Usyd researchers receive $1.4m to explore livelihood adaptation in Laos

20 March 2012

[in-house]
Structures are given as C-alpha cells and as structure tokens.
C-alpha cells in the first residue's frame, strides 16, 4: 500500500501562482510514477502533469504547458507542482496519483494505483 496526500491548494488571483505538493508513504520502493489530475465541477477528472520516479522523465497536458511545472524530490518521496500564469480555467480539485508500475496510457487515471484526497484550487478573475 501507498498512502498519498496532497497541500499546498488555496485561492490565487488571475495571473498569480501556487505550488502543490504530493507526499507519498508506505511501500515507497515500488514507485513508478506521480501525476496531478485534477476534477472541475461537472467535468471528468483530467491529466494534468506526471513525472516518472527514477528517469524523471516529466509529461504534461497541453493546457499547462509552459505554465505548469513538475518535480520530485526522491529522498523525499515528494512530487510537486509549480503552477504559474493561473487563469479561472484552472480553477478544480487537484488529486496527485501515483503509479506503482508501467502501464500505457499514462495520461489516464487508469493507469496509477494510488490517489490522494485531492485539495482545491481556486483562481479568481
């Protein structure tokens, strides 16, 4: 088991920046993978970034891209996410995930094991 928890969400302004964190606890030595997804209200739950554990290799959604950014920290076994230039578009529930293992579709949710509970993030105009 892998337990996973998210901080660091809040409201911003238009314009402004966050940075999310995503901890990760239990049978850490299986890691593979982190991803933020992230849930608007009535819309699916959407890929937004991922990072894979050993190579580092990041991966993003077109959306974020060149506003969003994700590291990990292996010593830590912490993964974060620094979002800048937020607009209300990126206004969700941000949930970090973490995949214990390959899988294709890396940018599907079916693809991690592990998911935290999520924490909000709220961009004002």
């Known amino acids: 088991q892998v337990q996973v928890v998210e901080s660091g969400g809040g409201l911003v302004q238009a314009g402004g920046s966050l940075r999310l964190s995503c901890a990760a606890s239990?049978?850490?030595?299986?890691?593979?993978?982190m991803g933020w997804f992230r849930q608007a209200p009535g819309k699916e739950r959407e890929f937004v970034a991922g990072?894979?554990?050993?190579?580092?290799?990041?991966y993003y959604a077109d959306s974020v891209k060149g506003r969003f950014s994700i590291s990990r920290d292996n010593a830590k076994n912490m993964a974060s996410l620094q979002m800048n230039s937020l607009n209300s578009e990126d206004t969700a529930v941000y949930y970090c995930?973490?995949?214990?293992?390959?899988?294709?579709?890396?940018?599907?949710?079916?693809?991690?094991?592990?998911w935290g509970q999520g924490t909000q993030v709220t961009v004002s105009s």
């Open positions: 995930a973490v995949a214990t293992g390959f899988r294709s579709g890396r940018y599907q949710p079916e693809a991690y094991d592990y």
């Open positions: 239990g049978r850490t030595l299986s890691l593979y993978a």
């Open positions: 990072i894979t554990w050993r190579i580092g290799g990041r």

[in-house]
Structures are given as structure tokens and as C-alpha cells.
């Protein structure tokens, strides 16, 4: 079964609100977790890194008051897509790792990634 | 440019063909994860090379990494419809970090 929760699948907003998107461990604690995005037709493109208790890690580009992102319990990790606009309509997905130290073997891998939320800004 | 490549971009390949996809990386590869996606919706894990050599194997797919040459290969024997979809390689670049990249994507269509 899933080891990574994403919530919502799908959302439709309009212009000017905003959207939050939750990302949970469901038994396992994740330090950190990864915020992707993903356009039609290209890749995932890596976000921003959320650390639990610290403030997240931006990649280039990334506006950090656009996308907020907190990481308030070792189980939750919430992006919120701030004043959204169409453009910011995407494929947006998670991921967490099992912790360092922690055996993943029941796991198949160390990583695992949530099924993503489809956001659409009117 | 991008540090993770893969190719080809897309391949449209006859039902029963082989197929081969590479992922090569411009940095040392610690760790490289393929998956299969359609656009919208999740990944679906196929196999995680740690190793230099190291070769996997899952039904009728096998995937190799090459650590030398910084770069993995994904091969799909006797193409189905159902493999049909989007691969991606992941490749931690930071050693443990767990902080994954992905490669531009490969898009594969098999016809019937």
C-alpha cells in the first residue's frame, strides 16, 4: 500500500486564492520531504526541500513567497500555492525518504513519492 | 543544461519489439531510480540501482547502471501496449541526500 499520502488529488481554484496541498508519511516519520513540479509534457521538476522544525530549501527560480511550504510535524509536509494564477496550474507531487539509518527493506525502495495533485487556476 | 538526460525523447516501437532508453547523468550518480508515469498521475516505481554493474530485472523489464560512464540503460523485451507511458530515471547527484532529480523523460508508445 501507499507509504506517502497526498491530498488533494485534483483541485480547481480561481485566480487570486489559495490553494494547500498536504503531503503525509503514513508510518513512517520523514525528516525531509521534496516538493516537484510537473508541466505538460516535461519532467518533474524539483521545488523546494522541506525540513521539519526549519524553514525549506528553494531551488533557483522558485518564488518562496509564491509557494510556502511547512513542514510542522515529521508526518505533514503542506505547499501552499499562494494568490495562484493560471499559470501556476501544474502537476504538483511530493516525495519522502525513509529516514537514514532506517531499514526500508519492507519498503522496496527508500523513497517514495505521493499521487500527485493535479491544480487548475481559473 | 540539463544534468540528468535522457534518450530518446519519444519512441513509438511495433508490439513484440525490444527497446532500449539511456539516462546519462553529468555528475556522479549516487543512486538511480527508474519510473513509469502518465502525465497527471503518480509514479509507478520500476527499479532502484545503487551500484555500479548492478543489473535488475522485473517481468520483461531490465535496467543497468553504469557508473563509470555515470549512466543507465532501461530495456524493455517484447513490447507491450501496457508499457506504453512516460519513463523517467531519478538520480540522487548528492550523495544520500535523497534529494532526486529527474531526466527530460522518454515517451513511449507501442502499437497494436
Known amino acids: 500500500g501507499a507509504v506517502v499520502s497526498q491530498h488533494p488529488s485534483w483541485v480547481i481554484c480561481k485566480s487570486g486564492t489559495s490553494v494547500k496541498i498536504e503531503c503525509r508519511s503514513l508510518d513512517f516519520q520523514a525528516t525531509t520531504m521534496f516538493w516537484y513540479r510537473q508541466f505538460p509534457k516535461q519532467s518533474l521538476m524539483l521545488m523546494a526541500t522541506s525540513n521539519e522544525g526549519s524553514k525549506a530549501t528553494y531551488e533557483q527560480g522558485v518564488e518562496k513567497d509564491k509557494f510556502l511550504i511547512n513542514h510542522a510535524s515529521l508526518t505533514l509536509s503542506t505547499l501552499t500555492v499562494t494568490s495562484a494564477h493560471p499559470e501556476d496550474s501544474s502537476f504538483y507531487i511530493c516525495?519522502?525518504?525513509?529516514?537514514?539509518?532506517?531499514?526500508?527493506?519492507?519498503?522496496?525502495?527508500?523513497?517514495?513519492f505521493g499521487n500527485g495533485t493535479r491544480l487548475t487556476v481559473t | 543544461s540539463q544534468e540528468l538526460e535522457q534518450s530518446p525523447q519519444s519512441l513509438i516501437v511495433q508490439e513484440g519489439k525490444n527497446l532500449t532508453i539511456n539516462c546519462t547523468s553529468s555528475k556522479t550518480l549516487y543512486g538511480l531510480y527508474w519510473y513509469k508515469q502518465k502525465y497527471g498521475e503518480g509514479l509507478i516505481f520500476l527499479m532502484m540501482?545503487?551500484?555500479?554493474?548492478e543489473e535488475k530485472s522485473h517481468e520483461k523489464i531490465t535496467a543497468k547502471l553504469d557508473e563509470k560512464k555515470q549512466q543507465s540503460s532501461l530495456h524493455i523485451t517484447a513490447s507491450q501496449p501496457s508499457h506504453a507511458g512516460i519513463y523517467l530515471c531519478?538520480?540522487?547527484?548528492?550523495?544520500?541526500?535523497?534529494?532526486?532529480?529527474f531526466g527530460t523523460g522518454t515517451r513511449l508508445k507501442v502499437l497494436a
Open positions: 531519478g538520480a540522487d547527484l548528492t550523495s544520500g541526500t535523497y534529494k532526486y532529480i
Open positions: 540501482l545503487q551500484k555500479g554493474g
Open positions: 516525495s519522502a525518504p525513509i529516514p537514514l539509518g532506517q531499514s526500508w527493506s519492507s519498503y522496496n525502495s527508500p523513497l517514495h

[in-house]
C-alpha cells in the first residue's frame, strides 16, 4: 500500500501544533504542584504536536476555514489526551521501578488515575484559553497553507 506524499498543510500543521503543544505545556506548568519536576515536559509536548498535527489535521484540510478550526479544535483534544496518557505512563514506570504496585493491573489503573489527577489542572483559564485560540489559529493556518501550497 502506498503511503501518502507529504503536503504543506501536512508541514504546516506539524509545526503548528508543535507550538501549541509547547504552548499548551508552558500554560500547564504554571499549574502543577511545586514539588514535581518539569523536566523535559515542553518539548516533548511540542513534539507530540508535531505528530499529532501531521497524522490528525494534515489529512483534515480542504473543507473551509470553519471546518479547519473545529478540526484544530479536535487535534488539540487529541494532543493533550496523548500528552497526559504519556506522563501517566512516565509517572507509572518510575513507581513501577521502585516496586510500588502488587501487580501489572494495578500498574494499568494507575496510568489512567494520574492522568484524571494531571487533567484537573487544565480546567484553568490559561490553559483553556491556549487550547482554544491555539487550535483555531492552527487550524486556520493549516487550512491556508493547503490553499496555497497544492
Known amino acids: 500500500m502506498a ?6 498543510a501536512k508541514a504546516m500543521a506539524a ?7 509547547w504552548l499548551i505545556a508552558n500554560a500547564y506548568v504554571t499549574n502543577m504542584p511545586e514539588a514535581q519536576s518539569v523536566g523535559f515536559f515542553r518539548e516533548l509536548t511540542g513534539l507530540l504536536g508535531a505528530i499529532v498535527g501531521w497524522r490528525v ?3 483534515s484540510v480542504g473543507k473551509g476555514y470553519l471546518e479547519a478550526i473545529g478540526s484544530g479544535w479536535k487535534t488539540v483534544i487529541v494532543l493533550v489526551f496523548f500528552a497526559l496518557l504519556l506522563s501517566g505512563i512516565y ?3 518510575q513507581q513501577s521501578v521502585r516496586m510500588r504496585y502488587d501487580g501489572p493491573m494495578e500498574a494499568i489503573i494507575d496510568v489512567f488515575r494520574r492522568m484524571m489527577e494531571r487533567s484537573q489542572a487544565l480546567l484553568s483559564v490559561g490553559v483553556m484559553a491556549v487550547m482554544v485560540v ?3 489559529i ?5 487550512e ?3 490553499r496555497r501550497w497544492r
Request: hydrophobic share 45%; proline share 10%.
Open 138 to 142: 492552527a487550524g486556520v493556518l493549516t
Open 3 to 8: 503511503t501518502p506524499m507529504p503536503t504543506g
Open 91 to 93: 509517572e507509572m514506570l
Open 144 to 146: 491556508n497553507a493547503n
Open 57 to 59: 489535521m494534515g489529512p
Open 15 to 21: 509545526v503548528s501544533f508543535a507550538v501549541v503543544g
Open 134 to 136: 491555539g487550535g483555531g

Human geographers and international public health experts from the University of Sydney will collaborate on a three year research project aimed at facilitating livelihood adaptation to natural resource pressures in Laos. The $1.4 million research project is being funded by the Australian Centre for International Agricultural Research (ACIAR) through the Mekong Research Group (AMRC), School of Geosciences and the Sydney School of Public Health. The research team includes Philip Hirsch, Yayoi Largerqvist, Natalia Scurrah and Jessica McLean from the Mekong Research Group (AMRC) and Michael Dibley from the Sydney School of Public Health. The project, due to commence in May 2012, will also involve agronomists, resource economists and environmental scientists from the National University of Laos and work with river basin organisations to address key livelihood and environment issues related to hydropower and mining development. The research project will focus on Nam Ngum watershed, a large catchment in central Laos with a history and on-going experience of livelihood changes associated with large-scale resource development projects, namely hydropower and mining. The research will employ a range of economic, social and health measures to assess wellbeing associated with livelihood adaptation and pilot adaptation options that assist socially disadvantaged groups. By facilitating a social learning process among stakeholders at different levels, the project will build capacity of local, sub-national and national stakeholders to analyse and seek solutions to livelihood issues among vulnerable groups associated with constrained natural resource conditions. The research will also provide valuable lessons for anticipatory natural resource development planning that starts from a livelihood perspective and works within an integrated catchment framework.